Furniture is an integral part of every home. But antique furniture is like a dying art. Those pieces of furniture that were once the heart and soul of the home that they breathed life into fall into disuse the moment they are replaced by new trendy ones. What about the carbon footprint that is left behind due to wastage? That’s where antique furniture makes its mark as a timeline piece of legacy while being a sustainable alternative at the same time.
In collaboration with The Channel 46, Meera Pyarelal, Founder of Temple Town, shares tips on building a sustainable brand for timeless furniture, her first milestone, and marketing and networking strategies for young entrepreneurs wanting to make a mark in this field.
1. What is your educational & professional background?
I have pursued a Master’s in English Literature. Therefore, I have worked in the interior designing industry for 20 years.
2. What prompted the idea for your venture, Temple Town?
I discovered my love for interiors while doing up my own apartment way back in 1999. The need for quality furniture while doing up my apartment led me to give it a try. We set up a small unit in my husband’s garage 20 years ago, giving wings to her creative side. After two decades of earning a name in the interior industry, I conceived my own brand — Temple Town — with the aim of designing and manufacturing sophisticated pieces of colonial furniture. The objective of the store is to preserve and promote traditional Indian designs and craftsmanship, which is slowly getting lost in the sands of time.
I noticed that there was a dearth of quality antique furniture while designing my own home. I also observed a gap in the market in beautiful handmade Indian furniture for connoisseurs of refined luxury that is sourced responsibly. That piqued my interest and inspired me to try my hand at starting my own venture that would re-imagine and recreate furniture for modern Indian living, all the while holding on to Kerala’s rich and colourful tradition of luxurious craftsmanship. I wanted to make up for the gap in the furniture industry.
I am especially fascinated by colonial furniture which is a creative collaboration between the east and the west and, hence, the only way to enjoy the best of both worlds. I want to reach out to those who want to create an heirloom, that they can pass on to the next generations. The idea behind Temple Town also stems from my ambition of making customisable furniture readily available to my customers – a single piece of furniture right up to an entire home or apartment. I wanted to celebrate everything Indian and traditional and, therefore, decided to create designs that are sustainable and yet global in appeal. In my opinion, quality and timeless furniture should be easily reusable for at least three generations of a family, as they have a soul beyond seasons and ever-changing fashion trends. This would also reduce the carbon imprint on the planet caused as a result of unnecessary wastage. That’s how Temple Town was born.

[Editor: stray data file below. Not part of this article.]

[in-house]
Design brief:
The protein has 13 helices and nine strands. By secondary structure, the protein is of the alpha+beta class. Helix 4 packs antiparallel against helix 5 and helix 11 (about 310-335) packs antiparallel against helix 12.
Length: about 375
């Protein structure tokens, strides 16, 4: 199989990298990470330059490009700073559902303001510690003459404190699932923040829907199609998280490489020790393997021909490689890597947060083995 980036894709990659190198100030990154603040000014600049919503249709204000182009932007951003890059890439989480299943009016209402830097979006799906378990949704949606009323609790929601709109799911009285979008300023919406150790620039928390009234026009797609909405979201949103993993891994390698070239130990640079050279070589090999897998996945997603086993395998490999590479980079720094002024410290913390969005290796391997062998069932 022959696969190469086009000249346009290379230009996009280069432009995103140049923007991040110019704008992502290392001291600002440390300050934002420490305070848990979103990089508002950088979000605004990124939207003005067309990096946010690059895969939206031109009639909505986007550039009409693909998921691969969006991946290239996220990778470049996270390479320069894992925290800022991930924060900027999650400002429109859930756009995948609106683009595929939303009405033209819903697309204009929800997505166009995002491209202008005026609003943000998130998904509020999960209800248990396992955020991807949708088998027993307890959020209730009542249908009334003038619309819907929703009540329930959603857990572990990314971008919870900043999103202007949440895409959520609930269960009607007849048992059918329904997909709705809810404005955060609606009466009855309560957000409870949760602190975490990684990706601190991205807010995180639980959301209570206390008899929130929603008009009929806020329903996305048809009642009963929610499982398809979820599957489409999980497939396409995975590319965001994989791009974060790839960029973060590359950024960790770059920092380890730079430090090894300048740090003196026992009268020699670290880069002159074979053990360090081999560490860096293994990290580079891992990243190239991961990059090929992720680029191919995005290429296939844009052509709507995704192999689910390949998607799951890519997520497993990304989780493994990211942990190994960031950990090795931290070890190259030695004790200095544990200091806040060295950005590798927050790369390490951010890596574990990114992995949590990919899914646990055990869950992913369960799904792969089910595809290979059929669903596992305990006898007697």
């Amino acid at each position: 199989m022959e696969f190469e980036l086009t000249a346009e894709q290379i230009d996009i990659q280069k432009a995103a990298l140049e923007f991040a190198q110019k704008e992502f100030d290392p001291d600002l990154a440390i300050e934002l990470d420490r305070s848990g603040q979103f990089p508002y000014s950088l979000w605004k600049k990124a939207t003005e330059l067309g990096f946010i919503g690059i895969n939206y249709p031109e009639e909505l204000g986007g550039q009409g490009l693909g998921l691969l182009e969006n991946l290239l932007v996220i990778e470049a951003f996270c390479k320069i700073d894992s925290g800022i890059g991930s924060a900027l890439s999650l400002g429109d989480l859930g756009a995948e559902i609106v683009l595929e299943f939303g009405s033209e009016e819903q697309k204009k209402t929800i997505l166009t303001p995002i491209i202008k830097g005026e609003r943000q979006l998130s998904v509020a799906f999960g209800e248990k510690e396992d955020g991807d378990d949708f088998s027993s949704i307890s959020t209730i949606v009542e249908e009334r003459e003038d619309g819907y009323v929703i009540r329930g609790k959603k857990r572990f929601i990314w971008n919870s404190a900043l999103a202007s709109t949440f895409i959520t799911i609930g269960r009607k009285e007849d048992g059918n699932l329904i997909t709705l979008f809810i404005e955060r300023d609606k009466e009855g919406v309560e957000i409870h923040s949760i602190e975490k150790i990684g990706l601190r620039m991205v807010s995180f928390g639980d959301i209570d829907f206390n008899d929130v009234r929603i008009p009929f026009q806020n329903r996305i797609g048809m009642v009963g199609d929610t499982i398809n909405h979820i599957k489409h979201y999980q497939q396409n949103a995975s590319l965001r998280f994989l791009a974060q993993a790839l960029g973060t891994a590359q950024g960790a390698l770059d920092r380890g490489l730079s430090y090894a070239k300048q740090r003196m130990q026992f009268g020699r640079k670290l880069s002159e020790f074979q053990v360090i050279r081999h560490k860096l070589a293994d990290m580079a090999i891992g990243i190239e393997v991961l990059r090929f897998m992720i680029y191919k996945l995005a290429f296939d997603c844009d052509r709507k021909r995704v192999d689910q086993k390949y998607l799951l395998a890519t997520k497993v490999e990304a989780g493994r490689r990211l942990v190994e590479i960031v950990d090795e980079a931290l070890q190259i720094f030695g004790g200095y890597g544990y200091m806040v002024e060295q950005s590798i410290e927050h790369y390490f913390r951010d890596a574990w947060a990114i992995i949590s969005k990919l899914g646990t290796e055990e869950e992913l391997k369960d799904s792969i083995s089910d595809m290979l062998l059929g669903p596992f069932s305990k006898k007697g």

3. Did you always know you wanted to work in this space?
Not really, everyone thought medicine would be the obvious career choice for me, as my Father is a Padma Shri award-winning surgeon; However, when I look back, it feels like destiny had other plans for me. I actually stumbled into the interiors while doing up my own space.
4. What was your first milestone & how did you get there?
My first milestone was doing up the home and interiors of my friend. They came to my place and liked the interiors of my home, after which they started recommending me to their family and friends.
5. How long did it take you to monetise?
It took around a year for me to monetise my entrepreneurial venture.
6. What kind of marketing strategies work best for you?
The world is going digital and we apply the same to my business as well. Social media has been a great saviour and honestly, the best platform to reach out to and connect with our target audience. Word of mouth is also very important.
7. Do you have any tips for an aspiring entrepreneur who wants to enter this space?
Don’t hesitate to start small, take it step by step and keep working hard and keep moving forward. Realise that only 20% of your time will go into designing, the rest 80% will be in the execution of the design.
8. Are there any online or offline courses that you would recommend before entering this space?
There are online classes from the KLC School of Design, London and plenty of other offline courses in India. Personally, I have done an online course from a UK University, which helped me with the basics, but at the end of the day, it’s your own eye for things that helps.
9. Which networking groups & showcasing events could help an aspirant meet the right people & generate work opportunities in this field?
It certainly helps when you can exhibit your work at Design Weeks in India, as it is also a great opportunity to meet other architects & interior designers. Also, one can be part of the business groups in the cities and towns where they’ve set up their venture as they also help you to network and be seen. For me, it was mostly through friends and family.
10. What are some investments one should be ready to make when entering the interior designing space?
A good office space with well-equipped systems, staff with good knowledge and skills, and the ability to delegate work will help in the long run. It’s good to invest in people who can help you along the way.
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